UBC scientists identify gene mutation linked to multiple sclerosis
Published Wednesday, June 1, 2016 12:06PM EDT
Scientists at the University of British Columbia have found a genetic link to multiple sclerosis, marking a breakthrough that could one day allow doctors to identify and treat the disease before symptoms surface.
The direct genetic link, which was long thought not to exist, was identified in two Canadian families where several members have a fast-acting form of MS which cannot be treated. Seven out of ten members of those families who carried the mutation developed the disease.
"If you have this gene, chances are you will develop MS and rapidly deteriorate," said co-author Dr. Anthony Traboulsee, the MS Society of Canada Research Chair at UBC and Director of Vancouver Coastal Health's MS and Neuromyelitis Optica Clinic. "This could give us a critical early window of opportunity to throw everything at the disease, to try to stop it or slow it. Until now, we didn't have much basis for doing that."
While only one in 1,000 MS patients have the mutation in their DNA, its identification will help reveal the biological pathways that lead to the most serious form of the disease, and aid the development of new treatments that target its cause rather than its symptoms.
Canada has the world's highest rate of the MS. The MS Society of Canada estimates 100,000 Canadians are living with the auto-immune disease.
MS disrupts communication between the brain and the rest of the body. Symptoms include visions problems, muscle weakness, difficulty with balance and coordination, as well as cognitive impairments. MS symptoms can fade and reoccur over many years. The most serious "progressive" type is characterized by increasingly debilitating symptoms caused by ongoing nerve damage.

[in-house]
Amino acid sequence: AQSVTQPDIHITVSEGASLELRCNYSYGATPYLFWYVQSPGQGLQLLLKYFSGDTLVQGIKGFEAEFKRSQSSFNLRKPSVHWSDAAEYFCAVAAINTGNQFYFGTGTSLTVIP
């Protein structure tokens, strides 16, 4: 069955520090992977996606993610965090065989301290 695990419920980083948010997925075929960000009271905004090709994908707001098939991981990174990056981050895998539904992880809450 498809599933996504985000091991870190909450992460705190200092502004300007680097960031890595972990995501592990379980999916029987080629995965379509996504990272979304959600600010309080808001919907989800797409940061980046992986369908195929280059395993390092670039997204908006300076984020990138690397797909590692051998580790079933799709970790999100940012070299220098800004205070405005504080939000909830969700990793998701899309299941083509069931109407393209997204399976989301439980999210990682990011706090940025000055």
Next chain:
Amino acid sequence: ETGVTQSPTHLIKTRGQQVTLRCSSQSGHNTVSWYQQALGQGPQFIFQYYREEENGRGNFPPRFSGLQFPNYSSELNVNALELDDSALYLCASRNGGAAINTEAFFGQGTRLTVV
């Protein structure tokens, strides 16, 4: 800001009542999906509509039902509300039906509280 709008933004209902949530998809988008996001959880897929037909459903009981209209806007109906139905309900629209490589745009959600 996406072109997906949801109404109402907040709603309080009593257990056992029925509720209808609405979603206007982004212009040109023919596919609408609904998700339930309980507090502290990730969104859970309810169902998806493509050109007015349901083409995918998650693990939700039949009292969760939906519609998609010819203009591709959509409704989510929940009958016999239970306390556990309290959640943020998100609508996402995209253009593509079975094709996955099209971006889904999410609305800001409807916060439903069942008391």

The mutation's discovery was made possible by a two decade-long project funded by the MS Society of Canada and Multiple Sclerosis Scientific Research Foundation that collected samples from 4, 400 people with MS as well as 8,600 blood relatives. Researchers coded and cross-referenced the genome of each subject to narrow down the anomalies that cause MS.
"With the genetic mutation that we've identified, we can now create animal models which are very likely to mirror the biological processes that cause the disease in people," said Carles Vilarino-Guell, an assistant professor of medical genetics at UBC.
Vilarino-Guell and his peers are awaiting delivery of the first mice to be genetically engineered with this mutation in order to further their research. Currently, scientists study MS in mice by feeding or injecting them with drugs to trigger the auto-immune response. Neither method replicates how the disease originates in humans.
Searching for the connection between DNA and MS was controversial in the medical community prior to UBC's findings. The prevailing view had been that genetic factors cause only a slight increase in ones susceptibility to the disease.
UBC medical genetics professor Dr. A. Dessa Sadovnick says she was once heckled in front of her peers while delivering a speech on the subject.
"One of the older immunologists who was in charge of the meeting yelled from the front row, ‘This is nonsense. Genetics has nothing to do with MS. I'm giving you two more minutes and then we are taking our coffee break,'" she said.
Now, those with a family history of MS can be screened for the mutation. If they carry it, doctors will be able detect the disease earlier with diagnostic imaging, and start aggressive treatment to delay the onset of symptoms.
"One of the challenges of treating neurological diseases is that the disease becomes evident so late … that it is beyond treatment," said Traboulsee. "With this new discovery, we can now for some patients predict who is at high risk and maybe with our very effective treatments prevent people from ever developing the progressive disease. That would be a medical revolution to have that accomplished."